• Many of the bachelor stallions followed closely with the established bands of a primary stallion, mares and foals; and these are the stallions that often sparred together.
  • Stallions sparring was a very normal occurrence and the other horses hardly even reacted. They just kept on grazing or drinking.
  • They stayed so healthy with absolutely no intervention or vet care of any kind
  • Except when stallions were sparring for dominance, they had utmost respect for hierarchy and were disciplined in waiting their turn at the watering hole.
  • Except for one stallion who kept coming back for more and more challenges and consequently, had a serious wound on his flank, the stallions sparring ended fairly quickly with the less dominant backing down.
  • There seemed to be an understanding among all the stallions as to who was the dominant among the bands, ex. VanGogh appeared dominant in a group of several bands with stallions. He was approached by many stallions and they did their dominance dance and then parted.
  • The stallions were extremely protective of their bands and moved them about to keep them on track, followed behind to keep watch and also showed affectionate behavior.
  • The lead mares were often mistaken by us for stallions until we could have a closer look because they also had a very strong presence and led the band from the front and kept a watchful eye on the band and the young.
  • All the horses seemed to have such respect and affection for their leaders – the stallions and lead mares – shown by their following their directive and standing close to each other with head over one another’s back or neck
  • Most of the drama in the bands is clearly with the Stallions. And, they are absolutely stunning to watch and photograph their postures as they dance!
  • Mares in heat can dance too, like a flirtatious mating dance, and could spar up against the stallion.
  • Most of the bands that we saw were 5 or less horses.

Picasso?

We never “found” Picasso, who was last seen in November, 2019. We looked far and wide in the open and off the beaten path. He was one of the main reasons I came to the SWB. It was a great hope of mine to actually encounter Picasso and to honor him.

I prayed and drummed out there among the horses and under the full moon for Picasso, in honor of his long legendary life and for all the wild horses who live there.

I finally had to make peace with the fact that Picasso was out of my sight. I believe in my heart that Picasso is still alive and staying in a remote part of the basin where forage and water is available and where he could live more peacefully outside the bands.

Once getting a glimpse into their wild world, I imagined, at this point in his life, that Picasso was through, finished with all the drama, the sparring and being pushed around by the other stallions claiming their dominance. And yes, even with all the people and their cameras starring him straight in the eye as he went about his daily routine.

Picasso generously gave us the best of his life, thrilling us with his years of youthful vigor, his majesty and unsurpassed beauty. Now, it made sense that he didn’t show up at the usual places the other horses traveled to. He earned his retirement.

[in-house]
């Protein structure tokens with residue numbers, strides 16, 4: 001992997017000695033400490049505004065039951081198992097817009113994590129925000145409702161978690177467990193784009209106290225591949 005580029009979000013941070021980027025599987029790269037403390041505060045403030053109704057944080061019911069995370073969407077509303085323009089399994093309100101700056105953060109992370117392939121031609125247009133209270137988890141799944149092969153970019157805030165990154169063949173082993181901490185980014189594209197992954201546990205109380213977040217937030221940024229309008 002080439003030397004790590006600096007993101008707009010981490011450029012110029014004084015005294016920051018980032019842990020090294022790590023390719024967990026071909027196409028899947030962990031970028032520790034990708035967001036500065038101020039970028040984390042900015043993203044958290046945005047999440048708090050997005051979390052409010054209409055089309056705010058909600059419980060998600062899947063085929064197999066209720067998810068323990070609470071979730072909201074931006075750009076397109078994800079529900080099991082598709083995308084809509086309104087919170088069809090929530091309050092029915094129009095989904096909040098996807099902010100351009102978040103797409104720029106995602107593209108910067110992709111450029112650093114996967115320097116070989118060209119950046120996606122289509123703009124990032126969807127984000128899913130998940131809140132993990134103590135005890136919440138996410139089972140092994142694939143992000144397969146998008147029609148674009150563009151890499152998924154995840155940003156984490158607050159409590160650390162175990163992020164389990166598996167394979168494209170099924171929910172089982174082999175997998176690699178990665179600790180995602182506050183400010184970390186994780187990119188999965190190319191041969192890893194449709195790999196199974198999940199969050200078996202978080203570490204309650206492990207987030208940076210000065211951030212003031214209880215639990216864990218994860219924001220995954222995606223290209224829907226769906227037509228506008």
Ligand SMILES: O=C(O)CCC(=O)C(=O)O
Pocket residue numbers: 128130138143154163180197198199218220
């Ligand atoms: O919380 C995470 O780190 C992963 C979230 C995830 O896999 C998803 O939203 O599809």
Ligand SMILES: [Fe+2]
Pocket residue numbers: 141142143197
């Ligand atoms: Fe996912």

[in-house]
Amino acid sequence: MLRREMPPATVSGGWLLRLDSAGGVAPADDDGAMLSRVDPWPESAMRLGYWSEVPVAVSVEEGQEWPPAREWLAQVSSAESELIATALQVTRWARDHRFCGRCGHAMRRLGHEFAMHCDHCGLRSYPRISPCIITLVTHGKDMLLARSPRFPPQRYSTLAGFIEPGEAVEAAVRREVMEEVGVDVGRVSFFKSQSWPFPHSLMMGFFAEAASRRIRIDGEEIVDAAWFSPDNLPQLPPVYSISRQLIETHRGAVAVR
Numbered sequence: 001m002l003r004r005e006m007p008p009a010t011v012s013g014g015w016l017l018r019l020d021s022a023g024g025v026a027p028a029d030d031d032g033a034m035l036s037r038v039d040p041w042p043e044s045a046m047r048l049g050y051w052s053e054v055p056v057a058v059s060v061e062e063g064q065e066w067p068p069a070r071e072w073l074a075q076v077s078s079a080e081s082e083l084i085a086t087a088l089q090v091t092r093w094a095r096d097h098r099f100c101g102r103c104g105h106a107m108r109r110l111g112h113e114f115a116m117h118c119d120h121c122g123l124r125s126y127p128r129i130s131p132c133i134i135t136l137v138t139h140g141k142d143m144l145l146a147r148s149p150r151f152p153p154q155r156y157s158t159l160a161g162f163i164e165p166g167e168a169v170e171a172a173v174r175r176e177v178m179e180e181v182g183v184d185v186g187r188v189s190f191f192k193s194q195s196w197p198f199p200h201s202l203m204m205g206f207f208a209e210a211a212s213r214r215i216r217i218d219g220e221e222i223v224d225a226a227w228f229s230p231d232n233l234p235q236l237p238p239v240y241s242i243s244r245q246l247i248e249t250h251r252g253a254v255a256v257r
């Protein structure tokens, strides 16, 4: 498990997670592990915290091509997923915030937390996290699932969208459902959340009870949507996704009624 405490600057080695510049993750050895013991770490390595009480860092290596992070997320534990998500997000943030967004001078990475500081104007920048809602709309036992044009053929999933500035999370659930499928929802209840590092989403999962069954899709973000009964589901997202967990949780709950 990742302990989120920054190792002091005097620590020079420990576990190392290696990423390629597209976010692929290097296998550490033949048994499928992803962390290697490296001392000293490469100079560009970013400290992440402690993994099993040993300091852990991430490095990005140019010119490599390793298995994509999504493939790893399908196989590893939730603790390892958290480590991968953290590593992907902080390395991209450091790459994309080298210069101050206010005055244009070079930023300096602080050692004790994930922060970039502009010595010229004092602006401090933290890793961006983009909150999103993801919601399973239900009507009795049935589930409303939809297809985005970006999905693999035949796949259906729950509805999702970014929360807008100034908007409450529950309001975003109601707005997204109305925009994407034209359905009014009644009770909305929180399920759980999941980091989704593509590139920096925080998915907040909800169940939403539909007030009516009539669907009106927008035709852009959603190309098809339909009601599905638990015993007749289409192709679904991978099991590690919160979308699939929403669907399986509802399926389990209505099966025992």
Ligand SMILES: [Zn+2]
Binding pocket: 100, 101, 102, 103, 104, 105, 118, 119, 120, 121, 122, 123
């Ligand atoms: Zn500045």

Picasso’s offspring?

Picasso’s offspring were now his ambassadors. And, we did spend a lot of time with them – VanGogh, his son, and Michelangelo, his grandson and Braylee, his granddaughter. VanGogh was traveling in a group of about 17 – 20 horses, and we weren’t sure if it was one band or several bands that somehow got along well enough that they traveled together. VanGogh stayed close by his mare and newest foal.

Michelangelo was very flirtatious with a young mare who was in season.

We also saw Braylee with her stallion and new foal running through grassy fields right outside the boundary of the basin.

On our third and fourth days, when Brad and I traveled alone, we encountered so many other mustangs we didn’t know by name, some striking paints in particular, that I felt certain would be offspring of Picasso. I’m hoping others could identify them from my pictures and share their stories.

Other Well-known Mustangs we encountered:

  • Rocky and his band, who had just lost Hope, one of their older mares, leaving her foal motherless
  • Bobby, the stunning stallion I fell in love with, who had a large band of his own and disappeared along a ridge, off into the sunset
  • Diablo, looking elegant running for us around the band he was traveling with
  • Corona and his band, crossing so close by we could practically touch them

These were a few of the ones Karen, Nadja and Cindy pointed out to us along the way.

Lasting Effects of my Wild Mustang Encounters

As I write this, I’m almost home. It’s hard to believe that we experienced such a wide range of activities in the lives of these wild mustangs. As we were crossing state lines, Brad asked me, “So, how will this experience influence your relationships with the two horses you’re coming home to, Sunny and Sven?

For one thing, I’m coming home with the deepest respect for what runs wild and free through the blood of even our domestic horses. Sunny, my 26 yo gelding, in particular, has retained some of his wild nature. I’ve seen him go after a stallion donkey with a fierceness and strength that completely knocked down iron pipe fencing. I’ve seen him mount mares and act like a stallion when he was pastured with a group of mares. I now know where that comes from.

I also have a deeper respect for the importance of their group, the hierarchy in their groups, and their affection for each other. And how powerful their instincts are for their survival. I’ll trust their instincts more now than I could ever have imagined.

I’ll probably even love them more completely, if that’s possible. And it’ll be interesting to see if they notice all this and see me and treat me differently too. (Note: at the time of release, I’ve been home for over a week and am experiencing some of the most intimate moments with my two horses, feeling such connection and cooperation among us.)

Since traveling to the World of the Wild Mustangs, I’ll never view a horse the same. And, to be honest, I feel personally transformed in ways that I still have yet to fully understand.

I hope my story will take you there too.

PLEASE watch and LIKE the slide show of our adventure on my Youtube channel at https://youtu.be/cbSm8OJ7KYAto help make this story really come alive.

And visit the 3 facebook pages I’ve been following:

https://www.facebook.com/sandwashbasin/

https://www.facebook.com/wildhorsewarriorsforsandwashbasin/

Friends of Picasso-Grand Wild Stallion of Sand Wash Basin public facebook page.

Hopefully, if your spirit is moved, you’ll be inspired to one day make your own trek to the Wild Mustangs of the Sand Wash Basin. It’ll be an adventure you will never forget! I can promise you that.